VL: My takeaway is the more straightforward and simple things are, the better. The more we can make a decision binary, the better. Take CVSS (Common Vulnerability Scoring System). You have several numbers that become an aggregate number that winds up devoid of context.

RS: The problem with CVSS is it contains so many useless decompositions. The more we start adding in these ordinal scales, the more we enter this arbitrary gray area. When it comes to things like CVSS and OWASP, the problem also lies with how they do their math. Ordinal scales are not actually numbers. For example, let’s say I am a doctor in a burn unit. I can return home at night when the average burn intensity is less than 5 on a 1-to-10 ordinal scale. If I have three patients with burns that each rank a 1, 3, and 10 respectively, my average is less than a 5. Of course, I have one person nearing death, but it’s quitting time and I am out of there! That makes absolutely no sense, but it is exactly how most industry frameworks and vendor implement security risk management. This is a real problem. That approach falls flat when you scale out to managing portfolios of risk.

VL: How useful is threat intelligence, then?

RS: We have to ask—and not to be mystical here—what threat intelligence means. If you’re telling me it is an early warning system that lets me know a bad guy is trying to steal my shorts, that’s fine. It allows me to prepare myself and fortify my defenses (e.g., wear a belt) at a relatively sustainable cost. What I fear is that most threat intelligence data is probably very expensive, and oftentimes redundant noise.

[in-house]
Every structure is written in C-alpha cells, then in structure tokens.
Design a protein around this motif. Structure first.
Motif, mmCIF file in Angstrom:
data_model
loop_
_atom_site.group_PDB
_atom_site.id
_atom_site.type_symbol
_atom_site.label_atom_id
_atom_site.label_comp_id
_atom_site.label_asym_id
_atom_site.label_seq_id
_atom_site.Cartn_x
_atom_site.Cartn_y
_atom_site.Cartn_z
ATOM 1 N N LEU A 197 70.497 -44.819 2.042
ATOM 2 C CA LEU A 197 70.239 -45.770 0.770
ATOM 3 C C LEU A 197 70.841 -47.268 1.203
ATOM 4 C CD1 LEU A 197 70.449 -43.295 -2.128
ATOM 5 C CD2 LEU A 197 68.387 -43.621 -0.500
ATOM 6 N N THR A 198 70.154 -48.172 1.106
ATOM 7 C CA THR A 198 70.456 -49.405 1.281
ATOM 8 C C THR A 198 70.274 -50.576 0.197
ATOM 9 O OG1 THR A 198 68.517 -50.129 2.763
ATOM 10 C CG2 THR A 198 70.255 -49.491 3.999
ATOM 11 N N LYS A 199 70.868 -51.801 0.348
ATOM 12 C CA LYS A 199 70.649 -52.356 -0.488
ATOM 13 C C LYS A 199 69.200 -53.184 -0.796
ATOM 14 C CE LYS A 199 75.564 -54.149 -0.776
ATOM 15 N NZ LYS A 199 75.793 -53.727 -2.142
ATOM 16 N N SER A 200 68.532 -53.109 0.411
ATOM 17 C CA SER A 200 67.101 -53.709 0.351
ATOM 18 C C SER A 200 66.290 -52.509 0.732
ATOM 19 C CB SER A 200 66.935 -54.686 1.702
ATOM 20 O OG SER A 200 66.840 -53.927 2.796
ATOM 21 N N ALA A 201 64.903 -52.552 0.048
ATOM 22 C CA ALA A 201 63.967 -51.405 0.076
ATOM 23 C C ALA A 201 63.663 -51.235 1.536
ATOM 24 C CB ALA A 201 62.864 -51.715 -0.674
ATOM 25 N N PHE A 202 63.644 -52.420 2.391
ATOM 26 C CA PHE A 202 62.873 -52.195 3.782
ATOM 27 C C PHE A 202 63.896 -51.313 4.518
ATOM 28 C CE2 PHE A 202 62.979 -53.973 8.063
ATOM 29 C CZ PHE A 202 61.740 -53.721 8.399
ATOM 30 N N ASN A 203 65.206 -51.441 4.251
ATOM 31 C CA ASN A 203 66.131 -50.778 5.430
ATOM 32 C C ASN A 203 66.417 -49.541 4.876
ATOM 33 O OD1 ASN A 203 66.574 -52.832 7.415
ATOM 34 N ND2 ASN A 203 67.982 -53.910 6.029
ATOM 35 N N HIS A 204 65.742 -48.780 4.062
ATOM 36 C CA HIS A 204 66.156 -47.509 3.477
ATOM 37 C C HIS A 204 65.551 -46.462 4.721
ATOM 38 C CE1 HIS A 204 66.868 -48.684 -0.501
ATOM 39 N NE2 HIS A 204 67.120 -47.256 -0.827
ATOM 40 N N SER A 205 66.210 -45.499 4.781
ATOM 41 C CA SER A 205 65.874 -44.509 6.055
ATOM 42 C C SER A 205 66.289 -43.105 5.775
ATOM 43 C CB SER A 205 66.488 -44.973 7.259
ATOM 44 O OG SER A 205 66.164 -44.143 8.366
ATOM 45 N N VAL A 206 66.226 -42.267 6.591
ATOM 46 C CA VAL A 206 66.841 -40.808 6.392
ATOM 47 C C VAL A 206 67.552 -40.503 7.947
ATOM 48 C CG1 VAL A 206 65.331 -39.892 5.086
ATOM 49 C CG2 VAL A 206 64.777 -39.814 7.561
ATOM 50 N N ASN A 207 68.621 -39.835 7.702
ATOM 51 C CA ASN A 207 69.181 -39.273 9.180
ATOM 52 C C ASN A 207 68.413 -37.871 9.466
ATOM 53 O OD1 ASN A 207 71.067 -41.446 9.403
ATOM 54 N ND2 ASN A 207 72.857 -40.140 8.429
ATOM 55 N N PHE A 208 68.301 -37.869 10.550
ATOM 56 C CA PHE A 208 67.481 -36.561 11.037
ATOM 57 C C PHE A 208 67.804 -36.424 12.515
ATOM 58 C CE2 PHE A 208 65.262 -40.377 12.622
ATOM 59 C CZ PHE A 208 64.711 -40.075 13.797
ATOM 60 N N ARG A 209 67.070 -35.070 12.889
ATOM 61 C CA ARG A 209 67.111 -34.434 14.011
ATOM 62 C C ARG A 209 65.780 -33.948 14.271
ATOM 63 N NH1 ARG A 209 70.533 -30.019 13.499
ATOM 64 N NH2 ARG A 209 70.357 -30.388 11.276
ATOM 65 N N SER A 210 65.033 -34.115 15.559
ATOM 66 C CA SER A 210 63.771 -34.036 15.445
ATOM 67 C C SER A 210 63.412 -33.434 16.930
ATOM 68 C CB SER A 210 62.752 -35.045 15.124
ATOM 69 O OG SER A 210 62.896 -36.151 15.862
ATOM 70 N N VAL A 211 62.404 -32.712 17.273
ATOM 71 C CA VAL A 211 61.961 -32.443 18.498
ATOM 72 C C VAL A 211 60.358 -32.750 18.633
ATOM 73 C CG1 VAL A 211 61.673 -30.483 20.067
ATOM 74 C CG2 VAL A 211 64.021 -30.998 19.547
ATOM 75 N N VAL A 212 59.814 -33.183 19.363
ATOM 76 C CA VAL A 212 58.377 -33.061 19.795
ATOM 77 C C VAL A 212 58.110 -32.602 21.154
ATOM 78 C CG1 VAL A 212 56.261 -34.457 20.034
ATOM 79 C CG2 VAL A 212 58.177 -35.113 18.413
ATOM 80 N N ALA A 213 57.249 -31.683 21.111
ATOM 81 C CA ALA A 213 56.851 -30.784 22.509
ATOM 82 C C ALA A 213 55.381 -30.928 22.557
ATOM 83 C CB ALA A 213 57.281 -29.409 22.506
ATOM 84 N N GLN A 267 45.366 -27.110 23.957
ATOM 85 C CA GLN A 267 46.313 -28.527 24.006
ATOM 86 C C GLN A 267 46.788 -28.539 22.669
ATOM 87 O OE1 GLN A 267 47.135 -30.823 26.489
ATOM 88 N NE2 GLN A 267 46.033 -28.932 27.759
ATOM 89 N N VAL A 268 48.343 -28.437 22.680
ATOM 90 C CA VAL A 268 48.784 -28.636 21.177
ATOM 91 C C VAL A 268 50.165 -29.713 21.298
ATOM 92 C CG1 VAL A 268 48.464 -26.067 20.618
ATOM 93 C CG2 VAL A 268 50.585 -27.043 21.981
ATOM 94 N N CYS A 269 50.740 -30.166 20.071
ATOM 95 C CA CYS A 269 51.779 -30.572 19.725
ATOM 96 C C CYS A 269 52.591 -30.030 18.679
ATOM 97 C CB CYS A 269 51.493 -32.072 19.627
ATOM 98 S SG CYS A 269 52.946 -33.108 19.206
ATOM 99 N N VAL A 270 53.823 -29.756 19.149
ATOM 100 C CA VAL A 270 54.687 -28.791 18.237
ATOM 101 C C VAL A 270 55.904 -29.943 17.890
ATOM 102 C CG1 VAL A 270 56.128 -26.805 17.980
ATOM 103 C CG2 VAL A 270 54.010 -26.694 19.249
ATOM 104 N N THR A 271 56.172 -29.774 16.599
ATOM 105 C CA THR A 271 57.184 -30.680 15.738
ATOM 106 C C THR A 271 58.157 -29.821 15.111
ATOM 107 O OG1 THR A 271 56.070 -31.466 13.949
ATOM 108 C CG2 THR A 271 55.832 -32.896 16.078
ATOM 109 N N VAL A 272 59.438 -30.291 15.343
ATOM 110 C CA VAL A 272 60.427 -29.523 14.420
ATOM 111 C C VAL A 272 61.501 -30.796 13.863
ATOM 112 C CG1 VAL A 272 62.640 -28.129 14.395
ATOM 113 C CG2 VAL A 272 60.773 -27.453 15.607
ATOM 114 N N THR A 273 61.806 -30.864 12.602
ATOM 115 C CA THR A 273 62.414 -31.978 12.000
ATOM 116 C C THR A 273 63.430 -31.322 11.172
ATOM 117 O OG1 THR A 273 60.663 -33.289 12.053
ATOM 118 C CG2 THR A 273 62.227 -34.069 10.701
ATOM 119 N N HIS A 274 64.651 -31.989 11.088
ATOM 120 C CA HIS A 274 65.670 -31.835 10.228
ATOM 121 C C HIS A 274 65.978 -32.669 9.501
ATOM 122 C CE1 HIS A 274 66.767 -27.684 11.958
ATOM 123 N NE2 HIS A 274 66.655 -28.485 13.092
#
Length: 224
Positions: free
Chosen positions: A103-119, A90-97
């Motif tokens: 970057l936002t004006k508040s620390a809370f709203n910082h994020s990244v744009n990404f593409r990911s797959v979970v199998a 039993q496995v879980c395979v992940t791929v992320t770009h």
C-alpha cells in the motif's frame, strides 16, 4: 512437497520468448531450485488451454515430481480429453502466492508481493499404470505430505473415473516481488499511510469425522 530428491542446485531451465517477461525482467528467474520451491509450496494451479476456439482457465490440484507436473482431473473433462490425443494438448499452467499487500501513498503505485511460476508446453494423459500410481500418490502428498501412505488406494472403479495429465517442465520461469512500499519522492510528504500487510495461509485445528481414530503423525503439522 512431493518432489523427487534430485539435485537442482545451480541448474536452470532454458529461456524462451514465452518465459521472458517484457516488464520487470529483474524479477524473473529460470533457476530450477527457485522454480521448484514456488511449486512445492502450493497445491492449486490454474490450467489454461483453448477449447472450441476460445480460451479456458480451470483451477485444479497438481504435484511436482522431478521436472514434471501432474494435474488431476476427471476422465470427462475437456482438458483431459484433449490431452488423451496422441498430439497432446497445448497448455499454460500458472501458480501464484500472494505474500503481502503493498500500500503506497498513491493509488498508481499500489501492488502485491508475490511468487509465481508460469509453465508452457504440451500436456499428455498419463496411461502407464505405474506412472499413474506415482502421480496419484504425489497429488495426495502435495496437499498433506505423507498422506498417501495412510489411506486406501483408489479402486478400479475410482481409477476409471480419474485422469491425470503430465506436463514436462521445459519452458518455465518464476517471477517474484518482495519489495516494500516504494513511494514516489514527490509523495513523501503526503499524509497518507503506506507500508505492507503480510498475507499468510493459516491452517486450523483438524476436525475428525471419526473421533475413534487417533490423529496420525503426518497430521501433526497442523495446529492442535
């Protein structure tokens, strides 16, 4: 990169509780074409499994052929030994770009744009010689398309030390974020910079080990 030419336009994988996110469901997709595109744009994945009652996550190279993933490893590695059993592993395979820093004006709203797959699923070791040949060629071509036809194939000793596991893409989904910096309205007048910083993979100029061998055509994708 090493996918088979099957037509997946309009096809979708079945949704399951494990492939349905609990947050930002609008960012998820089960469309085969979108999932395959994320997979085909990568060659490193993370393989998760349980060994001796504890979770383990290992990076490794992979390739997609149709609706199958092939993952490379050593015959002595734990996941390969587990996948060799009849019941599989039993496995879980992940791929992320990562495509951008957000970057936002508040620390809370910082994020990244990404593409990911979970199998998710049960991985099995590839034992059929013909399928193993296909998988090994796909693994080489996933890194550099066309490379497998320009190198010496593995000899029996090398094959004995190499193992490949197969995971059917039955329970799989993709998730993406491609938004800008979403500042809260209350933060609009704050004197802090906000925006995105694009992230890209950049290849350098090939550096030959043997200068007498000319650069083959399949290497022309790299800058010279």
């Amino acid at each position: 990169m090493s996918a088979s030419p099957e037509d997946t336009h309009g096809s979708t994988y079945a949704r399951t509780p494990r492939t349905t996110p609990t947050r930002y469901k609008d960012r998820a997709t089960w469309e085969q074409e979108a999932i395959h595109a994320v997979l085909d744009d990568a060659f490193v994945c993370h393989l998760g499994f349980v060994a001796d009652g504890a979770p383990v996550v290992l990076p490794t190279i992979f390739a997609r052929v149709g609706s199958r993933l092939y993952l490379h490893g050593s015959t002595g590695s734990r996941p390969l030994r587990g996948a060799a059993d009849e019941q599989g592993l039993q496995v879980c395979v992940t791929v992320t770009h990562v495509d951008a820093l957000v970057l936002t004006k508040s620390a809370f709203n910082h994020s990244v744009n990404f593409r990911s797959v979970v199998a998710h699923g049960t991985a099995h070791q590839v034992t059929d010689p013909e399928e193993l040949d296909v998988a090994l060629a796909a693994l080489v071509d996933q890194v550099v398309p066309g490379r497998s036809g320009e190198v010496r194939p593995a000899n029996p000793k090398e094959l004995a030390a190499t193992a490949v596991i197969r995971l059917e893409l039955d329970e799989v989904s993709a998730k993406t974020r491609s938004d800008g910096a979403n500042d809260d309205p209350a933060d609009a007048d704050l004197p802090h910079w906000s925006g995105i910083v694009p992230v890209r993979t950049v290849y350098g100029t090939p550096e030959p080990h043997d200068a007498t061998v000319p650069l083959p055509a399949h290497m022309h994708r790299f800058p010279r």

VL: Where would you focus your energy then?

RS: For my money, I would focus on how I design, develop, and deploy products that persist and transmit or manage treasure. Concentrate on the treasure; the bad guys have their eyes on it, and you should have your eyes directed there, too. This starts in design, and not enough of us who make products focus enough on design. Of course, if you are dealing with the integration of legacy “critical infrastructure”-based technology, you don’t always have the tabula rasa of design from scratch.

VL: You mean the integration of critical infrastructure with emerging Internet of Things technology, is that correct?

RS: Yes; we need to be thoughtful and incorporate the best design practices here. Also, due to the realities of legacy infrastructure, we need to consider the “testing in” of security. Ironically, practices like threat modeling can help us focus our testing efforts when it comes to legacy. I constantly find myself returning to concepts like the principle of least privilege, removing unnecessary software and services. In short, focusing on reducing attack surface where it counts most. Oldies, but goodies!

VL: When you’re installing an alarm system, you want to ensure it is properly set up before you worry about where you might be attacked. Reduce attack surface, implement secure design, execute secure deployments. Once you’ve finished those fundamentals, then consider the attackers’ origin.